Some time later, Candide becomes a beggar. He gives the last of his coins to Pangloss, who reveals that he was revived by an anatomist’s scalpel. He then tells Candide of his syphilis condition brought on by Paquette (“Dear Boy”). A merchant offers the two employment before sailing off to Lisbon, Portugal. However, as they arrive, a volcano erupts and the ensuing earthquake results in the death of 30,000 people. Pangloss and Candide are blamed for the disaster, arrested as heretics and publicly tortured by order of the Grand Inquisitor. Pangloss is hanged and Candide is flogged (“Auto-da-Fé”). Candide eventually ends up in Paris, France, where Cunegonde shares her favors (on different mutually-agreed-upon days of the week) with wealthy Jew Don Issachar and the city’s Cardinal Archbishop (“The Paris Waltz”). She contemplates what she has done to survive while in Paris (“Glitter and Be Gay”). Candide finds Cunegonde and reunites with her (“You Were Dead, You Know”). However, the Old Lady, Cunegonde’s companion, forewarns Cunegonde and Candide of Issachar and the Archbishop’s arrival. Candide inadvertently kills both of them by stabbing them with a sword.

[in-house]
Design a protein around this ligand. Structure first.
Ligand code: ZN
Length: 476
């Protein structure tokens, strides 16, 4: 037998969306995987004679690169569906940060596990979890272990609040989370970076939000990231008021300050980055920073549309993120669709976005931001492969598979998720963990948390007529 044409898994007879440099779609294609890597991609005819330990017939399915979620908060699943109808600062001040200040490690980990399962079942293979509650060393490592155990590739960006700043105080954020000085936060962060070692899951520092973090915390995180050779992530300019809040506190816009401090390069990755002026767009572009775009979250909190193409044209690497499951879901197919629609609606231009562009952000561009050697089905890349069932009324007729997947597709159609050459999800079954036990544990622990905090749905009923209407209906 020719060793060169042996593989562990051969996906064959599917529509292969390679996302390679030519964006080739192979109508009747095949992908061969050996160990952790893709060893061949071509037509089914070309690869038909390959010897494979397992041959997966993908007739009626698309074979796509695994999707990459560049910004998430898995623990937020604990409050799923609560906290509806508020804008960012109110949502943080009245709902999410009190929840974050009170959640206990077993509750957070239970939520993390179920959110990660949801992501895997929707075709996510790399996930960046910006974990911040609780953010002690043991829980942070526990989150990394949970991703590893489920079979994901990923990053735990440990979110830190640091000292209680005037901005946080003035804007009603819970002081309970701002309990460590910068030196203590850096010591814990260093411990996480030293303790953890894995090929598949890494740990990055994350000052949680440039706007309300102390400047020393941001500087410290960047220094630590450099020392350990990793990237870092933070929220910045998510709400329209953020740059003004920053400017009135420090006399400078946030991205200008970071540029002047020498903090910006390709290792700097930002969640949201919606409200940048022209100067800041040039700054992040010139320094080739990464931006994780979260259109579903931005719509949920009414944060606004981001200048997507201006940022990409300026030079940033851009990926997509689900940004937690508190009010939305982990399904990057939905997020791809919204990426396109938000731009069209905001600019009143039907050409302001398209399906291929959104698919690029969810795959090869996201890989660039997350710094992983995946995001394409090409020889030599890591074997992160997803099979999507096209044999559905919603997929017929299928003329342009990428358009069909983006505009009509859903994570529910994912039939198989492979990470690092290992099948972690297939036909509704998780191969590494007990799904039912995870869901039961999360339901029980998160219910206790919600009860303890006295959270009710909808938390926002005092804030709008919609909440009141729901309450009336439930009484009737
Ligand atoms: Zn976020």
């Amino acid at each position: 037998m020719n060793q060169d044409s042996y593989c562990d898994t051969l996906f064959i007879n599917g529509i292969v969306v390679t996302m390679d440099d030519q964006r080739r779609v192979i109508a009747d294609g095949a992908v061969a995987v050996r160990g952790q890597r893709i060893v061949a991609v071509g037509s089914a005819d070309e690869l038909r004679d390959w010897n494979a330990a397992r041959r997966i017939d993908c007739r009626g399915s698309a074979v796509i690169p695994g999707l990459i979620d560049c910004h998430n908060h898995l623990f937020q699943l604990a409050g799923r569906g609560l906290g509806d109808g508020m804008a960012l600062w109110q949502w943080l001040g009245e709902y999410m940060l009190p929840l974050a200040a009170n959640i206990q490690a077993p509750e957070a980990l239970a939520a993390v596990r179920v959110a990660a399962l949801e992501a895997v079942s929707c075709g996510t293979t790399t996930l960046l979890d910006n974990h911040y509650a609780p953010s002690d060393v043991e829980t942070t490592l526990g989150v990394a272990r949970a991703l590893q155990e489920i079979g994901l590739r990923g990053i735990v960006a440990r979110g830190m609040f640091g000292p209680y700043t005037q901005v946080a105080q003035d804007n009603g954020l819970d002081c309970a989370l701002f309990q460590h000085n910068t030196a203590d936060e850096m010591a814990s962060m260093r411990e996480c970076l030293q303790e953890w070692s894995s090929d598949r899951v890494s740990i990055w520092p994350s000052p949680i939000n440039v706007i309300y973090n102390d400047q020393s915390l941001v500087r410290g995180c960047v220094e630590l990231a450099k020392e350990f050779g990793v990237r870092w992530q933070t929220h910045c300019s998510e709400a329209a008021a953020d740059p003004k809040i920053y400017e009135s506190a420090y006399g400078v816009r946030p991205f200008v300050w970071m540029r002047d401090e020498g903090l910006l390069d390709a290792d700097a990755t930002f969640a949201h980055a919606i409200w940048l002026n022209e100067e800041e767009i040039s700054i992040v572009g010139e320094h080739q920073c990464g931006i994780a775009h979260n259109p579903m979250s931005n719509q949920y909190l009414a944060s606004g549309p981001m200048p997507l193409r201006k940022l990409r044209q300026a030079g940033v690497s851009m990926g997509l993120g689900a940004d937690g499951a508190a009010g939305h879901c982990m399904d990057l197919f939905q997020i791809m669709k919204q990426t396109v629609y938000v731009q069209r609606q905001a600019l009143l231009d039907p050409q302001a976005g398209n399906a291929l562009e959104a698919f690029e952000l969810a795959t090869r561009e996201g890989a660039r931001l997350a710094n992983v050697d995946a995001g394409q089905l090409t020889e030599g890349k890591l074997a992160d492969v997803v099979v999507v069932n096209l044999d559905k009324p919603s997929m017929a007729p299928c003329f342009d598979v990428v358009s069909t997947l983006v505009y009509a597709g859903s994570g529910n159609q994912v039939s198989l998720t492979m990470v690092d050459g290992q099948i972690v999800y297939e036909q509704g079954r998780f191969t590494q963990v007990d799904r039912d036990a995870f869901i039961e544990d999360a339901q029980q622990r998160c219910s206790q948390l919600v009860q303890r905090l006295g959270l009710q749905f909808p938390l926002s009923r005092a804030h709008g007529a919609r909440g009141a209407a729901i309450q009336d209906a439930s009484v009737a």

The three flee to Cadiz, Spain with Cunegonde’s jewels, where the Old Lady tells Candide and Cunegonde about her past. The jewels are stolen and the Old Lady offers to sing for their dinner (“I Am Easily Assimilated”). The French police arrive, intending to arrest Candide for murdering Don Issachar and the Archbishop. Accepting an offer to fight for the Jesuits in South America, Candide decides to take Cunegonde and the Old Lady to the New World, and the three begin their journey on a ship (“Quartet Finale”).

Act 2